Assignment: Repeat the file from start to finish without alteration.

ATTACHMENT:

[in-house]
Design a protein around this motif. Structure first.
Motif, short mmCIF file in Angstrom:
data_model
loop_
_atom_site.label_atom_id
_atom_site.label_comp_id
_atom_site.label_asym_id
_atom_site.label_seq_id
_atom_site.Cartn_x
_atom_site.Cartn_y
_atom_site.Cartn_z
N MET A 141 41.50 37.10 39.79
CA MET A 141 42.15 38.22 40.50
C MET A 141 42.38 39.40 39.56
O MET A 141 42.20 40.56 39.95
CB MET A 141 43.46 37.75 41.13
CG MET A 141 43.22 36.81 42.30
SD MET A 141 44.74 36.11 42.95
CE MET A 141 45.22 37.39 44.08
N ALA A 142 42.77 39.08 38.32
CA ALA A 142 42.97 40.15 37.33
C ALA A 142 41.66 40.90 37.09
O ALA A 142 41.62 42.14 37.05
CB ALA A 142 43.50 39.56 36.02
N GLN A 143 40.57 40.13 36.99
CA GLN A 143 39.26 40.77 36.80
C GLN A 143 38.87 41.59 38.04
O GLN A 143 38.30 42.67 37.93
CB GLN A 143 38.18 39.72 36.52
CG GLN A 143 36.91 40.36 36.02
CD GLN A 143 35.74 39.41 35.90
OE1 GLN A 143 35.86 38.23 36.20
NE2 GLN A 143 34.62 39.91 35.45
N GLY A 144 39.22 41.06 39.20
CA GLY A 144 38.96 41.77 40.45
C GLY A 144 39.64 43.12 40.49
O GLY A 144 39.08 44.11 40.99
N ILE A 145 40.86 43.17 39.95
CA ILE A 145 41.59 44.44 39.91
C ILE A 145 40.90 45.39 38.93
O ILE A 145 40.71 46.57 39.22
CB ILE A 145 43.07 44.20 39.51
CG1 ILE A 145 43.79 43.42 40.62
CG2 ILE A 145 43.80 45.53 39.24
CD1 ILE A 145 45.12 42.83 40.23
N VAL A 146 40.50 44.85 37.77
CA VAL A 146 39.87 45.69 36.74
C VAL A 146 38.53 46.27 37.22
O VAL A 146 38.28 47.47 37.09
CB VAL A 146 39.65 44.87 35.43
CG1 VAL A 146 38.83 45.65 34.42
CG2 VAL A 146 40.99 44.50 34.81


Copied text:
[in-house]
Design a protein around this motif. Structure first.
Motif, short mmCIF file in Angstrom:
data_model
loop_
_atom_site.label_atom_id
_atom_site.label_comp_id
_atom_site.label_asym_id
_atom_site.label_seq_id
_atom_site.Cartn_x
_atom_site.Cartn_y
_atom_site.Cartn_z
N MET A 141 41.50 37.10 39.79
CA MET A 141 42.15 38.22 40.50
C MET A 141 42.38 39.40 39.56
O MET A 141 42.20 40.56 39.95
CB MET A 141 43.46 37.75 41.13
CG MET A 141 43.22 36.81 42.30
SD MET A 141 44.74 36.11 42.95
CE MET A 141 45.22 37.39 44.08
N ALA A 142 42.77 39.08 38.32
CA ALA A 142 42.97 40.15 37.33
C ALA A 142 41.66 40.90 37.09
O ALA A 142 41.62 42.14 37.05
CB ALA A 142 43.50 39.56 36.02
N GLN A 143 40.57 40.13 36.99
CA GLN A 143 39.26 40.77 36.80
C GLN A 143 38.87 41.59 38.04
O GLN A 143 38.30 42.67 37.93
CB GLN A 143 38.18 39.72 36.52
CG GLN A 143 36.91 40.36 36.02
CD GLN A 143 35.74 39.41 35.90
OE1 GLN A 143 35.86 38.23 36.20
NE2 GLN A 143 34.62 39.91 35.45
N GLY A 144 39.22 41.06 39.20
CA GLY A 144 38.96 41.77 40.45
C GLY A 144 39.64 43.12 40.49
O GLY A 144 39.08 44.11 40.99
N ILE A 145 40.86 43.17 39.95
CA ILE A 145 41.59 44.44 39.91
C ILE A 145 40.90 45.39 38.93
O ILE A 145 40.71 46.57 39.22
CB ILE A 145 43.07 44.20 39.51
CG1 ILE A 145 43.79 43.42 40.62
CG2 ILE A 145 43.80 45.53 39.24
CD1 ILE A 145 45.12 42.83 40.23
N VAL A 146 40.50 44.85 37.77
CA VAL A 146 39.87 45.69 36.74
C VAL A 146 38.53 46.27 37.22
O VAL A 146 38.28 47.47 37.09
CB VAL A 146 39.65 44.87 35.43
CG1 VAL A 146 38.83 45.65 34.42
CG2 VAL A 146 40.99 44.50 34.81